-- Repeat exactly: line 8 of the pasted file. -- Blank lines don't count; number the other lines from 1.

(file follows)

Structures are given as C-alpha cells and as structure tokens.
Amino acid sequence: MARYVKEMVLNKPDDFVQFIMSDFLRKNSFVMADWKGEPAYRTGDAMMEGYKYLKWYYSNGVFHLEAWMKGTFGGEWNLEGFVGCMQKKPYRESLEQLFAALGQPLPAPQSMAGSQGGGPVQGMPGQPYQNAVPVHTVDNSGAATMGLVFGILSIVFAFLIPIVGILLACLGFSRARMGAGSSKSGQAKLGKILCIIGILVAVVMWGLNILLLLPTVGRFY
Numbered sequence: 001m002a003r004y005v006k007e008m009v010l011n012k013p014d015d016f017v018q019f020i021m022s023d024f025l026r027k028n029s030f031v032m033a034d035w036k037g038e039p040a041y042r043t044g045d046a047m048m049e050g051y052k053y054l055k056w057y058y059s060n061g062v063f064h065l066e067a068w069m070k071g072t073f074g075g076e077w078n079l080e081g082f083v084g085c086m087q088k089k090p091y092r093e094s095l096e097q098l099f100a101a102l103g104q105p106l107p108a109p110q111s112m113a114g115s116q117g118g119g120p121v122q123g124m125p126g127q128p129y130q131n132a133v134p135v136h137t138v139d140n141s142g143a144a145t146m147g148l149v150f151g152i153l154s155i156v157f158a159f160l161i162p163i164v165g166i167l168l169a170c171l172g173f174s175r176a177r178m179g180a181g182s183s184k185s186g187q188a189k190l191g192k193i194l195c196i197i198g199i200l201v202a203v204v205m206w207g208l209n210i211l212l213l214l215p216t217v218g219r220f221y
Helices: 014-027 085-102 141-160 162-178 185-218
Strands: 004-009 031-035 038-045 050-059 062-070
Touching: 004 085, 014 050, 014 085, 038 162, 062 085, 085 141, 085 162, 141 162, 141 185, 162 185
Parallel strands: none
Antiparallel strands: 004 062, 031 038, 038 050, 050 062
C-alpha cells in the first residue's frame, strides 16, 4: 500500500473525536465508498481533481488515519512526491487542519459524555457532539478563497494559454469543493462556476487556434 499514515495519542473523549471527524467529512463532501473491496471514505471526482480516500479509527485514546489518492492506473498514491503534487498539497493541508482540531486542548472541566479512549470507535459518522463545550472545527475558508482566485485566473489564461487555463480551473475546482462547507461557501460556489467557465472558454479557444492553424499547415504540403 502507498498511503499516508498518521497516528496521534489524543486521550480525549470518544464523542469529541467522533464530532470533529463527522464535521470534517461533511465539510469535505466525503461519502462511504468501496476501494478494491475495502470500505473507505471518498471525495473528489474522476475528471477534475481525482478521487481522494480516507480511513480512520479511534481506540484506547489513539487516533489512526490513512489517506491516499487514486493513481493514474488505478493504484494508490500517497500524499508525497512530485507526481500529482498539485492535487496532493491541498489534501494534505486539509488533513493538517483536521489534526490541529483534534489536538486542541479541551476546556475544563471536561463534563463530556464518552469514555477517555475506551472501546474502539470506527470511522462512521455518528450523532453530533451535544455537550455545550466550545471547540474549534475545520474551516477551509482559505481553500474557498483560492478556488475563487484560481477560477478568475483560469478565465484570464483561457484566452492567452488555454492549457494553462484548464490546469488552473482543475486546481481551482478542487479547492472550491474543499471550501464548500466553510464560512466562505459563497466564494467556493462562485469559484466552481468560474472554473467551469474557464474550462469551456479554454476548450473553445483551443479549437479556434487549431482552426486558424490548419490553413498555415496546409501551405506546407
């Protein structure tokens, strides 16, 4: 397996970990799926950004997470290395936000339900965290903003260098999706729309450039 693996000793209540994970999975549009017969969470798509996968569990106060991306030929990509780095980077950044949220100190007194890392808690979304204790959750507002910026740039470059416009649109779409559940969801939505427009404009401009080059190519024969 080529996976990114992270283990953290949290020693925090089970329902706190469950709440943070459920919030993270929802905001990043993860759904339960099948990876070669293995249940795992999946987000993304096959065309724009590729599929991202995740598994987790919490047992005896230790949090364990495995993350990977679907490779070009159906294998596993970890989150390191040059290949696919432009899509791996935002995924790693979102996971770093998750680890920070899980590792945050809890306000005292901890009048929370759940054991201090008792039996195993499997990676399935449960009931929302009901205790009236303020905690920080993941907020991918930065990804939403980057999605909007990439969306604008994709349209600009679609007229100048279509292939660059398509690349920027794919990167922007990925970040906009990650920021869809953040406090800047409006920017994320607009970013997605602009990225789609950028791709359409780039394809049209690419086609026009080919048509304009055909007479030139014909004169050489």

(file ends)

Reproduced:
Antiparallel strands: 004 062, 031 038, 038 050, 050 062